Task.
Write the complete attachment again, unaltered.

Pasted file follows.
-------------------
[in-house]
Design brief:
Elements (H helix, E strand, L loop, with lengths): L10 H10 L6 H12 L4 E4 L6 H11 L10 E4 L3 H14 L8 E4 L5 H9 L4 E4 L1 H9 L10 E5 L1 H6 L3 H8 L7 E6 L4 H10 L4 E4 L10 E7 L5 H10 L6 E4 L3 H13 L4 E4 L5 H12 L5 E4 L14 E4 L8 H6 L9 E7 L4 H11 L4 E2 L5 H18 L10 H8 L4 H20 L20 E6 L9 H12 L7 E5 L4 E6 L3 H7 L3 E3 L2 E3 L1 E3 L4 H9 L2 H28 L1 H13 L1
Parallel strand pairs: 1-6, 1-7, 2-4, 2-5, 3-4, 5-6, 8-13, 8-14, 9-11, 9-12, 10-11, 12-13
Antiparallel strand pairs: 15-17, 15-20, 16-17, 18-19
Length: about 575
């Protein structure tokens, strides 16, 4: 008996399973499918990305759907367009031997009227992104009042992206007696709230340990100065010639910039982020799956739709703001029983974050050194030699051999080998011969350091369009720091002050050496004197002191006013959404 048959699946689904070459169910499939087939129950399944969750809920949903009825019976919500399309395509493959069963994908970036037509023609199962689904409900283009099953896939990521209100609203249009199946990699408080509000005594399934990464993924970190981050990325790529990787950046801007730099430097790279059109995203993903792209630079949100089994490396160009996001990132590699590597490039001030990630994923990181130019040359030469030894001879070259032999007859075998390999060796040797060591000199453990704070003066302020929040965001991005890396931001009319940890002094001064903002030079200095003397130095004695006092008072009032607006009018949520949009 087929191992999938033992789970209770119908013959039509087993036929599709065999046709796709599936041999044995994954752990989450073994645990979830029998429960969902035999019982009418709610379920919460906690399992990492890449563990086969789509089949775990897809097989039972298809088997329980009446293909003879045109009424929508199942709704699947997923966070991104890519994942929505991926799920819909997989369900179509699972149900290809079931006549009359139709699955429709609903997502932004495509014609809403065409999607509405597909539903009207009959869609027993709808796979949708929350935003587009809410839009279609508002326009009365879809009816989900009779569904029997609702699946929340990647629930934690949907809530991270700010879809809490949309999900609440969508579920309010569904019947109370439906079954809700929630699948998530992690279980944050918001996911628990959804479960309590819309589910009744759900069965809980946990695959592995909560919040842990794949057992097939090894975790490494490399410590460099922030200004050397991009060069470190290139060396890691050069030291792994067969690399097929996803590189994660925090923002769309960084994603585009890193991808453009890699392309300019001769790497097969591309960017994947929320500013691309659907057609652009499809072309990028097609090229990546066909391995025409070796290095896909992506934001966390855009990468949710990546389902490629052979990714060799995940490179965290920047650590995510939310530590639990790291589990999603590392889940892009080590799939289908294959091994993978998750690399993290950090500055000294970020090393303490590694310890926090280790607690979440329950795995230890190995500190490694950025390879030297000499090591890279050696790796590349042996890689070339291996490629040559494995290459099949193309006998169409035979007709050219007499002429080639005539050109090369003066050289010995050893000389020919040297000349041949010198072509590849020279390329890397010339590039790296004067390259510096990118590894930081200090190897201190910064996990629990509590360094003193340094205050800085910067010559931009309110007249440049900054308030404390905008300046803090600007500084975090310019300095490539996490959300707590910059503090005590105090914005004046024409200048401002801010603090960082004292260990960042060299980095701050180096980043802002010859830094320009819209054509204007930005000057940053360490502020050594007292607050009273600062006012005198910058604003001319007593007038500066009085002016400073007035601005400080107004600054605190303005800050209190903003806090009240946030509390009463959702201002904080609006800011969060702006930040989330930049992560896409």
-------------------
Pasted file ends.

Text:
[in-house]
Design brief:
Elements (H helix, E strand, L loop, with lengths): L10 H10 L6 H12 L4 E4 L6 H11 L10 E4 L3 H14 L8 E4 L5 H9 L4 E4 L1 H9 L10 E5 L1 H6 L3 H8 L7 E6 L4 H10 L4 E4 L10 E7 L5 H10 L6 E4 L3 H13 L4 E4 L5 H12 L5 E4 L14 E4 L8 H6 L9 E7 L4 H11 L4 E2 L5 H18 L10 H8 L4 H20 L20 E6 L9 H12 L7 E5 L4 E6 L3 H7 L3 E3 L2 E3 L1 E3 L4 H9 L2 H28 L1 H13 L1
Parallel strand pairs: 1-6, 1-7, 2-4, 2-5, 3-4, 5-6, 8-13, 8-14, 9-11, 9-12, 10-11, 12-13
Antiparallel strand pairs: 15-17, 15-20, 16-17, 18-19
Length: about 575
């Protein structure tokens, strides 16, 4: 008996399973499918990305759907367009031997009227992104009042992206007696709230340990100065010639910039982020799956739709703001029983974050050194030699051999080998011969350091369009720091002050050496004197002191006013959404 048959699946689904070459169910499939087939129950399944969750809920949903009825019976919500399309395509493959069963994908970036037509023609199962689904409900283009099953896939990521209100609203249009199946990699408080509000005594399934990464993924970190981050990325790529990787950046801007730099430097790279059109995203993903792209630079949100089994490396160009996001990132590699590597490039001030990630994923990181130019040359030469030894001879070259032999007859075998390999060796040797060591000199453990704070003066302020929040965001991005890396931001009319940890002094001064903002030079200095003397130095004695006092008072009032607006009018949520949009 087929191992999938033992789970209770119908013959039509087993036929599709065999046709796709599936041999044995994954752990989450073994645990979830029998429960969902035999019982009418709610379920919460906690399992990492890449563990086969789509089949775990897809097989039972298809088997329980009446293909003879045109009424929508199942709704699947997923966070991104890519994942929505991926799920819909997989369900179509699972149900290809079931006549009359139709699955429709609903997502932004495509014609809403065409999607509405597909539903009207009959869609027993709808796979949708929350935003587009809410839009279609508002326009009365879809009816989900009779569904029997609702699946929340990647629930934690949907809530991270700010879809809490949309999900609440969508579920309010569904019947109370439906079954809700929630699948998530992690279980944050918001996911628990959804479960309590819309589910009744759900069965809980946990695959592995909560919040842990794949057992097939090894975790490494490399410590460099922030200004050397991009060069470190290139060396890691050069030291792994067969690399097929996803590189994660925090923002769309960084994603585009890193991808453009890699392309300019001769790497097969591309960017994947929320500013691309659907057609652009499809072309990028097609090229990546066909391995025409070796290095896909992506934001966390855009990468949710990546389902490629052979990714060799995940490179965290920047650590995510939310530590639990790291589990999603590392889940892009080590799939289908294959091994993978998750690399993290950090500055000294970020090393303490590694310890926090280790607690979440329950795995230890190995500190490694950025390879030297000499090591890279050696790796590349042996890689070339291996490629040559494995290459099949193309006998169409035979007709050219007499002429080639005539050109090369003066050289010995050893000389020919040297000349041949010198072509590849020279390329890397010339590039790296004067390259510096990118590894930081200090190897201190910064996990629990509590360094003193340094205050800085910067010559931009309110007249440049900054308030404390905008300046803090600007500084975090310019300095490539996490959300707590910059503090005590105090914005004046024409200048401002801010603090960082004292260990960042060299980095701050180096980043802002010859830094320009819209054509204007930005000057940053360490502020050594007292607050009273600062006012005198910058604003001319007593007038500066009085002016400073007035601005400080107004600054605190303005800050209190903003806090009240946030509390009463959702201002904080609006800011969060702006930040989330930049992560896409």